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The weakest link: Understanding abdominal aortic aneurysm
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What causes an AAA?
How is an AAA treated?


Preventing AAA
Preventing AAA

Decrease your chances of developing an abdominal aortic aneurysm by:

  • not smoking
  • eating a low-fat, low-cholesterol diet
  • exercising regularly
  • controlling your blood pressure

If you’re over 55 and suffer from hardening of the arteries, or atherosclerosis, talk to your doctor about further precautions you can take, such as taking medication to help lower blood pressure.

You might not have had any symptoms, but during a routine physical exam, your doctor felt a soft mass inside your abdomen that pulsed with your heartbeat. After an ultrasound, you received the diagnosis: You have an abdominal aortic aneurysm (AAA).

You’re fortunate the condition was detected: Although AAAs are often harmless, ruptured AAAs cause 15,000 deaths each year in this country. Sometimes, as when television actor John Ritter died from the condition, the aneurysm occurs in the chest. But about 90 percent of the time an aneurysm forms in the abdomen. Three out of four people with an AAA have no symptoms, although some patients may feel kidney pain; intense, intermittent abdominal pain; or a pulsating sensation in the stomach.

What causes an AAA?

As the body’s largest blood vessel, the aorta has the important job of carrying blood from your heart throughout the rest of your body. When the aortic wall in your abdomen weakens or becomes damaged by plaque buildup, it enlarges, causing an aneurysm, or bulge. Aneurysms that grow too large can burst, causing potentially fatal internal bleeding.

Aortic aneurysms occur most often in men older than 65, particularly among those who smoke. Most aneurysms are caused by atherosclerosis—hardening of the arteries, which can result from a fatty, high-cholesterol diet. Other conditions that increase risk besides a poor diet and smoking are high blood pressure, illnesses such as diabetes or syphilis, congenital defects and a family history of aneurysms.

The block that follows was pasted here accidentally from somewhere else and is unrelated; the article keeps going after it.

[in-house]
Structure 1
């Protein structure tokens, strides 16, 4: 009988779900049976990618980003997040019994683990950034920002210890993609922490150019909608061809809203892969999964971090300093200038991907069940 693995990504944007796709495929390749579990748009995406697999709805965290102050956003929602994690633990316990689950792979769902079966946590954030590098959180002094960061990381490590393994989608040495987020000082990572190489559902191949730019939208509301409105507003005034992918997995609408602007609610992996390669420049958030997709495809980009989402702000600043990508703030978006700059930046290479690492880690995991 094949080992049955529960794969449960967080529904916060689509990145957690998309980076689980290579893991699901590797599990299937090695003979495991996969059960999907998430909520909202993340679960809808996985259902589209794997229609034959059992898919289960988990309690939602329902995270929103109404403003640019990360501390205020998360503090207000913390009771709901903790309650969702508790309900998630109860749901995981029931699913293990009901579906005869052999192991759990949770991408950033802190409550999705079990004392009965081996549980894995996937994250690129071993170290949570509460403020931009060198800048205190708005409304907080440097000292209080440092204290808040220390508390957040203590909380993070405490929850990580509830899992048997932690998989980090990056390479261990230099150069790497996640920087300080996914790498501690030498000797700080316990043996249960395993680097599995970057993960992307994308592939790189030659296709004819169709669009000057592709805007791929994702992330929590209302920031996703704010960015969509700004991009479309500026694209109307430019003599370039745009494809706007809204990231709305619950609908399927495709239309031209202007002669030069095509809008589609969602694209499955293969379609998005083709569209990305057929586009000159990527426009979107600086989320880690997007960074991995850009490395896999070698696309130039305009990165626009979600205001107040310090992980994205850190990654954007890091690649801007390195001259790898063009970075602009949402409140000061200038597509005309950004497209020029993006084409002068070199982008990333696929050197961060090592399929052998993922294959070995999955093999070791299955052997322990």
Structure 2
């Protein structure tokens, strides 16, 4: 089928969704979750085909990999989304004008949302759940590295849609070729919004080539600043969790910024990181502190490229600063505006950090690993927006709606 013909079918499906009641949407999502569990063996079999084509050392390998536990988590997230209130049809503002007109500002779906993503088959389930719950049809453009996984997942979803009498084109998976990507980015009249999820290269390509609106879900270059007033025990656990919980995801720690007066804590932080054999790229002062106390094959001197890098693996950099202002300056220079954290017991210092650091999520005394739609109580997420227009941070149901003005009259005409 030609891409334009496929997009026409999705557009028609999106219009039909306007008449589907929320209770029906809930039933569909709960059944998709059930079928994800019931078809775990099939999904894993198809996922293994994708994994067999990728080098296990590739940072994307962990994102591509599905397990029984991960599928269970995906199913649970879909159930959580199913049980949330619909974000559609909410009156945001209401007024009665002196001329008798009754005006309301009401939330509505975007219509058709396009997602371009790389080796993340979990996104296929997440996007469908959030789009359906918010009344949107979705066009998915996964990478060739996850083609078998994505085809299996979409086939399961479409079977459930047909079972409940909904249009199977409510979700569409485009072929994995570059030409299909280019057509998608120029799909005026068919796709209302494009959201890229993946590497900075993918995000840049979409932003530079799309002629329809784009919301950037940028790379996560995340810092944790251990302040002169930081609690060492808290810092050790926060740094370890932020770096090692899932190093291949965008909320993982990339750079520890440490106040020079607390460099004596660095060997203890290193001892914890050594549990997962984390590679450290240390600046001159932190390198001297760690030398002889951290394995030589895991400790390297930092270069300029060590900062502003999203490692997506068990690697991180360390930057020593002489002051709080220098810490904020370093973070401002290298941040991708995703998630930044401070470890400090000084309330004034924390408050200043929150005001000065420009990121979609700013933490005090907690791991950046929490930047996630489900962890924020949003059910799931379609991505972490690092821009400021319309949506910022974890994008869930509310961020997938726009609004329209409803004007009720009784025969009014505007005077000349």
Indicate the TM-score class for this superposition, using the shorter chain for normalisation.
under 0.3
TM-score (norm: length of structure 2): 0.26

How is an AAA treated?

Treatment will depend on the aneurysm’s size and whether it is life-threatening. Most aneurysms are less than 2 inches in diameter and seldom rupture. If you are diagnosed with this type of AAA, your doctor will likely monitor it and prescribe blood pressure–lowering medication. But if you have an AAA that leaks, is small but grows quickly, expands greater than 2 inches or seems about to burst, your doctor can surgically repair the damaged part of your aorta.

During open-abdominal or chest surgery, your doctor will remove the damaged section and sew a synthetic tube, or graft, in its place. Although recovery time is lengthy, this type of surgery is generally successful. Doctors can also use endovascular surgery to reinforce the damaged section by inserting a synthetic tube, or stent, into your bloodstream through an artery in your leg. Because this technique is less invasive than open surgery, it requires a shorter recovery time.

When an aneurysm ruptures, the results can be fatal, so immediate medical attention is needed. Symptoms of a ruptured aneurysm include sudden, severe pain with rapid pulse, sweatiness or clamminess, anxiety, nausea and vomiting, low blood pressure, dizziness, fainting, dry mouth and paleness. Fewer than half of patients whose aneurysms rupture and who make it to emergency surgery survive.

Fortunately, most AAAs rarely reach the point of rupture. Your best bet is to stay as healthy as possible and schedule regular medical exams so your doctor has the chance to detect the condition.